Veteran provided with mortgage-free home
Published 9:16 am Saturday, February 15, 2020
Standing in a wind-blown parking lot in Manteo, Wells Fargo regional bank president Thomas D. Cline presented the keys to a mortgage-free home to retired Air Force Senior Master Sergeant Kevin Wallace.
“It’s a pleasure to be here today and be able to present this key,” Cline. “We are all excited to be here with Sgt. Wallace to help him move into his house and to be able to be a part of this. There are few words to be able to sum it up. For most Americans, the American dream is to own a home. So, to be able to help someone to achieve a home, to help someone who has sacrificed to their country, is an honor.”
As part of the Military Warriors Support Foundation Homes4WoundedHeroes program, Cline said since 2011, Wells Fargo has provided 400 such homes, 23 of them in North Carolina. Since 2010, Military Warriors Support Foundation has awarded nearly 1,000 mortgage-free homes and has assisted combat-wounded veterans, Gold Star spouses and their families in paying off nearly $21 million in debt through mentorship.
During the brief presentation ceremony on Friday morning, February 7, NC House District 6 Representative Bobby Hanig, who is also a veteran, welcomed Wallace to Manteo, saying that it is clear to see that the American spirit is alive and kicking here today.
“Military Warriors Foundation is just one example of the support across the nation,” said Hanig. “It is amazing, and I’m honored to be able to be here today to celebrate one of our heroes, and their family. We thank you for your service and your sacrifice.”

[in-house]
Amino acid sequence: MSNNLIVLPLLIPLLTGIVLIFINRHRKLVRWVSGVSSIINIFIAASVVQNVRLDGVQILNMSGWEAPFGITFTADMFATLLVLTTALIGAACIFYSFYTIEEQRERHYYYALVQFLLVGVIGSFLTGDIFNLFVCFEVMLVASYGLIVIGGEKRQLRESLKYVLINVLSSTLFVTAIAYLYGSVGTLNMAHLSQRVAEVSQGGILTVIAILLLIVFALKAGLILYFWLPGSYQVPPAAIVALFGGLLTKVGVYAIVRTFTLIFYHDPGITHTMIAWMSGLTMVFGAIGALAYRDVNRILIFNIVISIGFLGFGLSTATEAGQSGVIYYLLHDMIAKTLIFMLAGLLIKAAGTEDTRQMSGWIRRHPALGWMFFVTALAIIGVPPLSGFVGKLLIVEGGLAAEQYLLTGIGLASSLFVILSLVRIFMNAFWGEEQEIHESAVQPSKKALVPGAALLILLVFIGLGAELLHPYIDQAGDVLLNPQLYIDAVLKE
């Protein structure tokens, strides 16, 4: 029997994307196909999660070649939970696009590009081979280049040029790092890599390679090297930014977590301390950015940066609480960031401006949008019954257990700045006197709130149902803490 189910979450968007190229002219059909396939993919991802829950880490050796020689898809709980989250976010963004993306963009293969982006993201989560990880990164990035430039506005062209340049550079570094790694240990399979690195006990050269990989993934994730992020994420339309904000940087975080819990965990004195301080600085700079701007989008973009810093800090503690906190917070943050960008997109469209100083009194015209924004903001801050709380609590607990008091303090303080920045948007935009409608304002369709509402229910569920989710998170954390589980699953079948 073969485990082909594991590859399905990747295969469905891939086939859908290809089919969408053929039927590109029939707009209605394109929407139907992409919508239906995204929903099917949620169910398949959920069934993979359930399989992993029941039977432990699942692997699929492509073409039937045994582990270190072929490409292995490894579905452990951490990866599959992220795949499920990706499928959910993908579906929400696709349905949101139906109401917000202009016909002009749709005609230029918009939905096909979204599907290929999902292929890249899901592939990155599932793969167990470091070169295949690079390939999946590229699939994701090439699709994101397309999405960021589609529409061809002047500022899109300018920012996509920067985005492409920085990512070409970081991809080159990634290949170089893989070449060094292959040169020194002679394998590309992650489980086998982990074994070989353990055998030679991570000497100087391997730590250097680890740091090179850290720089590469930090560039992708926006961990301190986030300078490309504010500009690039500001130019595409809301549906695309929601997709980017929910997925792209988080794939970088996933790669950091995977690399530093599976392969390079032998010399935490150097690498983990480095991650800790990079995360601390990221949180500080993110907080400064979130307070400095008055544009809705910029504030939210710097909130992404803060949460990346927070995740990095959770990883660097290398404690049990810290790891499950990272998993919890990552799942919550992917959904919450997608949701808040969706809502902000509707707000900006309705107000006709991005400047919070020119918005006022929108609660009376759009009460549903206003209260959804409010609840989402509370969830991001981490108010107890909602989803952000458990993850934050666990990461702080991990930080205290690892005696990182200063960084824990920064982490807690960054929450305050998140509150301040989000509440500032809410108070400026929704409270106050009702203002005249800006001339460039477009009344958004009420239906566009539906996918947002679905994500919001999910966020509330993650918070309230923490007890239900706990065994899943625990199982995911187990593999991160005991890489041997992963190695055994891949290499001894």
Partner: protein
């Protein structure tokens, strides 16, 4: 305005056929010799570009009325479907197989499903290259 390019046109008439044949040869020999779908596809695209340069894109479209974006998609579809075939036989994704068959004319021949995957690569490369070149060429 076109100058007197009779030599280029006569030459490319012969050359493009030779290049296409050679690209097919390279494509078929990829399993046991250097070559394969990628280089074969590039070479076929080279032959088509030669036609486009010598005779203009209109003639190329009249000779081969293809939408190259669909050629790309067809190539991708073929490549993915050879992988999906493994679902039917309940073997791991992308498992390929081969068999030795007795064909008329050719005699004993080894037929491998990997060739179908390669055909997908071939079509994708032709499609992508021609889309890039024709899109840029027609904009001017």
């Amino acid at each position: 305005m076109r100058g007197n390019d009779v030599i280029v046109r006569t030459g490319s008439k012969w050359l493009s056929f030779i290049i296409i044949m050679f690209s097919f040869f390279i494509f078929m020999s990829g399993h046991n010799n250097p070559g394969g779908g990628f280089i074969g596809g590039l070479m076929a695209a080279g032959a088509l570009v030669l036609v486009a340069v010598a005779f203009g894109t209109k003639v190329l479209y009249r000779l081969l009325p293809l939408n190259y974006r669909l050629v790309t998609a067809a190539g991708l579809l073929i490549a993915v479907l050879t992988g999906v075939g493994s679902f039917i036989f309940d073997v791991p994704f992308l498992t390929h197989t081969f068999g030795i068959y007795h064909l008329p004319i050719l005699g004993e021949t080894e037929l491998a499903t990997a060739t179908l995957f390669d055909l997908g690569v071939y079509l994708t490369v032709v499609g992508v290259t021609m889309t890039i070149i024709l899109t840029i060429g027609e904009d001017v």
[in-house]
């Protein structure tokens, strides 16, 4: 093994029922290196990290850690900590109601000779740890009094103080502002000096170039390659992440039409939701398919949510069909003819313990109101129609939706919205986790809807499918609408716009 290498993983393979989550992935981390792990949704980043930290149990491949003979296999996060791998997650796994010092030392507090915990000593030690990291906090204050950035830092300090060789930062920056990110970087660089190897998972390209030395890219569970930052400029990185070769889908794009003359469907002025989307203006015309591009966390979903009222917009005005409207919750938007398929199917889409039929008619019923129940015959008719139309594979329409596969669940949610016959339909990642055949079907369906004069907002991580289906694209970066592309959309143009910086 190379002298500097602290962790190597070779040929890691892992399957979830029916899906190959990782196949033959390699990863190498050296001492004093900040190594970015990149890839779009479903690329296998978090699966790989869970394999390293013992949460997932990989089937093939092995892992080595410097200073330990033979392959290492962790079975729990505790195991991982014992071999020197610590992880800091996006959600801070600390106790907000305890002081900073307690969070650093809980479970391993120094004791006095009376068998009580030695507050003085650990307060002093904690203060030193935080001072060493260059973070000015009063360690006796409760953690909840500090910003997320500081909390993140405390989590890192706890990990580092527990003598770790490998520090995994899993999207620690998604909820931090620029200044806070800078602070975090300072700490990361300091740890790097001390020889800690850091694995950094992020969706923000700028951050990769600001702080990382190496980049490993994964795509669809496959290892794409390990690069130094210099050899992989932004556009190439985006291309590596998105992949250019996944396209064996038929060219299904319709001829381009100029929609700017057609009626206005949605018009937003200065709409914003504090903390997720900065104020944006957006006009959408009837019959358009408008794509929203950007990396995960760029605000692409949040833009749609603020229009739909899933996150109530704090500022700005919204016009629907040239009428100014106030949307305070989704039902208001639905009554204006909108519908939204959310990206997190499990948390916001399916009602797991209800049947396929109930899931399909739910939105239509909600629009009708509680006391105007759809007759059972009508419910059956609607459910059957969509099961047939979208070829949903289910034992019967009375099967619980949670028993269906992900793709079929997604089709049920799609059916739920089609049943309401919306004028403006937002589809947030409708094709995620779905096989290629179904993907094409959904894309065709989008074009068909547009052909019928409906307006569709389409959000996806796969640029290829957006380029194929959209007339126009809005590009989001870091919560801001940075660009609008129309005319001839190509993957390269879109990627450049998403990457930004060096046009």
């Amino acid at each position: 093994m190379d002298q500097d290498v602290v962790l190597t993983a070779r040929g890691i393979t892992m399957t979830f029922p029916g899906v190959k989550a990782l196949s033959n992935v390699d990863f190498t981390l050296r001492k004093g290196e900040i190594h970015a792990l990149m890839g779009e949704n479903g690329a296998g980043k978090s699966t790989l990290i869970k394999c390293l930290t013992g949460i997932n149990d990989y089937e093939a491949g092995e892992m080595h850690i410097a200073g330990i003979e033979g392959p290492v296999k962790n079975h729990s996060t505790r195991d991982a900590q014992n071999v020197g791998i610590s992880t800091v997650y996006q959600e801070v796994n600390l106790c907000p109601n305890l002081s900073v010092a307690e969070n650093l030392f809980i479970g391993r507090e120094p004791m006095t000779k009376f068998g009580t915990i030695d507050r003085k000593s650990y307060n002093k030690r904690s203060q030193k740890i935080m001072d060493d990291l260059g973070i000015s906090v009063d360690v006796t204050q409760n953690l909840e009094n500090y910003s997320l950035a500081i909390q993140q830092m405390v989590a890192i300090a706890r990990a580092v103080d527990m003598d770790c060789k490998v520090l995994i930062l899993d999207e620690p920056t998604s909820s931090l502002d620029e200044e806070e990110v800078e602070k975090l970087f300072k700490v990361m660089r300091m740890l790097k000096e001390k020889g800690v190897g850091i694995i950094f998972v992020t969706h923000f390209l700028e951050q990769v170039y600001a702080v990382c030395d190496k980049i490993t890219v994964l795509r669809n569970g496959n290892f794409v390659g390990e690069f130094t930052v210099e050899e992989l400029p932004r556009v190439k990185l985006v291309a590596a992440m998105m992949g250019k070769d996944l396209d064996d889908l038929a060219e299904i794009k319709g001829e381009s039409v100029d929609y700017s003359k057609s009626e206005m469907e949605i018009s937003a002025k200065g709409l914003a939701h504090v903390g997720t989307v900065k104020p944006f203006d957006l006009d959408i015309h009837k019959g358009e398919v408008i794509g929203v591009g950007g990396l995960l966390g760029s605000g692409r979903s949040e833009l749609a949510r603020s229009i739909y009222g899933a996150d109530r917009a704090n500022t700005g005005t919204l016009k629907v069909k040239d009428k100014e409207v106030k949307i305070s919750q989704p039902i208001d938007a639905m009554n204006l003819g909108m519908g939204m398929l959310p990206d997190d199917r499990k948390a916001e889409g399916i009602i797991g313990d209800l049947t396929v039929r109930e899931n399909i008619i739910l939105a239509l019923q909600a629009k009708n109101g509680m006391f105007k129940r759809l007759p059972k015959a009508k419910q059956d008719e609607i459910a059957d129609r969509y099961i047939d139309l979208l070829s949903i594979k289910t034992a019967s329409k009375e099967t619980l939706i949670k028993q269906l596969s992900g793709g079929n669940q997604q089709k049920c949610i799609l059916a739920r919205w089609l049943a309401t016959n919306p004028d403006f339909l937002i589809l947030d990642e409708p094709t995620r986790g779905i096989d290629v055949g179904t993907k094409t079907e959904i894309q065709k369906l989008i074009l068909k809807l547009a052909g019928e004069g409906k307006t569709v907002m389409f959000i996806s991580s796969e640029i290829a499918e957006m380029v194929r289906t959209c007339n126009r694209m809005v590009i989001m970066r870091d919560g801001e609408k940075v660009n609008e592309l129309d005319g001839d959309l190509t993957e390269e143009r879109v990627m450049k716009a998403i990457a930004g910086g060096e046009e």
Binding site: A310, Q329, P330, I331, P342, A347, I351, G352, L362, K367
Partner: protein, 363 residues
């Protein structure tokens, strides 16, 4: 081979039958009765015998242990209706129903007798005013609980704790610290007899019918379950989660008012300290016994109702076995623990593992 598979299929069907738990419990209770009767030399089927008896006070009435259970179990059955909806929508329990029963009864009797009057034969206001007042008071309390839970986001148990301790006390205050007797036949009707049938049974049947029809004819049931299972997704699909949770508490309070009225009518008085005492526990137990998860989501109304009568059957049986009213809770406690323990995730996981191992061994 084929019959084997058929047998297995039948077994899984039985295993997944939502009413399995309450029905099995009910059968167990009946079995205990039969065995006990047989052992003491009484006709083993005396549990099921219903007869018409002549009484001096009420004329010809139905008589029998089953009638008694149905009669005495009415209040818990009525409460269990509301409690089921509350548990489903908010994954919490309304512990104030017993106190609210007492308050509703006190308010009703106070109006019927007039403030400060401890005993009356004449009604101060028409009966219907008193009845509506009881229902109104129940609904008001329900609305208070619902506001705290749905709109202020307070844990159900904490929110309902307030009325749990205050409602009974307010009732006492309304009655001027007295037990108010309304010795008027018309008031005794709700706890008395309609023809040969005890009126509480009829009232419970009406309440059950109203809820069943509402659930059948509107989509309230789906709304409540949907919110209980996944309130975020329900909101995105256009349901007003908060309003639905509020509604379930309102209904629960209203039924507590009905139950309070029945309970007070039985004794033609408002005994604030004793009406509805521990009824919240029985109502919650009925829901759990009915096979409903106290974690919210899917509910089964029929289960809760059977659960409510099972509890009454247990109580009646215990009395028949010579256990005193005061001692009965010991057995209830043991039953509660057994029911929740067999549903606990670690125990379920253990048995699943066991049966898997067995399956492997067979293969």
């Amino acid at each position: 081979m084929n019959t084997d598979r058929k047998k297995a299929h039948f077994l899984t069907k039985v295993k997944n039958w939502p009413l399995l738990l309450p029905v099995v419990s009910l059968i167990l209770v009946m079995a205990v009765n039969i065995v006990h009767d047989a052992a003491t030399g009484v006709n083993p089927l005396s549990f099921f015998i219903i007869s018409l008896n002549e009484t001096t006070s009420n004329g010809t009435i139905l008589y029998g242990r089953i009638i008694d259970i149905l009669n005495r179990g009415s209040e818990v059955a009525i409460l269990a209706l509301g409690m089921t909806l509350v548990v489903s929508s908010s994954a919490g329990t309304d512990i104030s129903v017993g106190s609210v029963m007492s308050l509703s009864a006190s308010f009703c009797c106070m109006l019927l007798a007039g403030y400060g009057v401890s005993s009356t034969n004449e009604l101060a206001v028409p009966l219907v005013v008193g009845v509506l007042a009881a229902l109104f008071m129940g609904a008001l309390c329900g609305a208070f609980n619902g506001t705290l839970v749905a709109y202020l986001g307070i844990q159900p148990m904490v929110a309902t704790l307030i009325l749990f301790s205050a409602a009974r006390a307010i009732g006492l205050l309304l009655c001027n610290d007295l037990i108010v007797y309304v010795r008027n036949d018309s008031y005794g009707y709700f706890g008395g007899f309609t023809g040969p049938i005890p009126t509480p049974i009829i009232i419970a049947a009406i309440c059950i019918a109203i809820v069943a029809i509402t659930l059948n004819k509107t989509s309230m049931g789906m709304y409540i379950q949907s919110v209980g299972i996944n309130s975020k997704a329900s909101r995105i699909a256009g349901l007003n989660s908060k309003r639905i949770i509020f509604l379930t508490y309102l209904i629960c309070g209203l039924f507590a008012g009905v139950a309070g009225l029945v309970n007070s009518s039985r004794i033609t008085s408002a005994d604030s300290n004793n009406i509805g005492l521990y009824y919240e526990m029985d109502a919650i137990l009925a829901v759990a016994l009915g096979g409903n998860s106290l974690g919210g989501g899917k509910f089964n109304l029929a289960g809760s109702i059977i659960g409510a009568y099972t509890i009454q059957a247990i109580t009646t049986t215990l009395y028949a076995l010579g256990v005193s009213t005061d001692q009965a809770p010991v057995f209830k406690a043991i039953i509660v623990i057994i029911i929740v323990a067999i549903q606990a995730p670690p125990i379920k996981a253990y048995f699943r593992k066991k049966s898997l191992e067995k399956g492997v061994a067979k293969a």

Founded in 2007 as a non-profit charity, Military Warriors Support Foundation is working to help wounded combat veterans make a smooth and successful transition from military to civilian life with programs that focus on housing and homeownership, recreational activities, transportation assistance and leadership development. In addition to the mortgage-free homes and payment-free vehicles, families receive three years of family and financial mentoring.
“I do feel like the American spirit is here all around us,” said Wallace, adding that he is pleased to be back in North Carolina.
Wallace said while not a Carolinian by birth, his career started here in 1997 at Seymour Johnson Air Force Base in Wayne County, then twice at Camp Lejeune Marine Corps Base in Jacksonville.
“I’ve been blessed to be in North Carolina several times during my career,” he continued.
Stepping into the home, Wallace said he considered the experience to be really amazing.
“I’ve never owned a home,” Wallace explained. “It is a dream come true. Someone mentioned that the American dream is owning a home and I think that is a big part of the American dream.”
Wallace went on to say the turbulence of his career kept him from being in one place long enough to invest in something like that.
“It was base housing or some sort of renting with an early out option in case of transfers,” Wallace continued. “Seems like we sometimes moved a couple of times a year for more than 20 years. So living in one place is going to be pretty cool.”
Wallace, born in San Luis Obispo, California, originally joined the U.S. Air Force in 1997 and then reenlisted in 2001 following 9/11. He completed multiple tours, including a tour in Afghanistan as a combat photographer, received numerous military awards including the Purple Heart and the Bronze Star Medal with Valor. He said his last assignment was with Air Force One under the Obama administration, working mostly with First Lady Michelle Obama and vice president Biden. Wallace retired January 2018.
According to Wallace, his retirement includes more than sitting around. He is currently pursuing his master of fine arts degree in photography at George Mason University as well as a doctorate in media and communications at Leicester University. He said he would like to teach photography to college students while still helping combat veterans heal through art and scuba diving.
Wallace said his wife and son will join him soon. His son is still in Virginia competing in the state high school indoor track finals.
“I think living in Dare County will be different than living in northern Virginia,” said Wallace.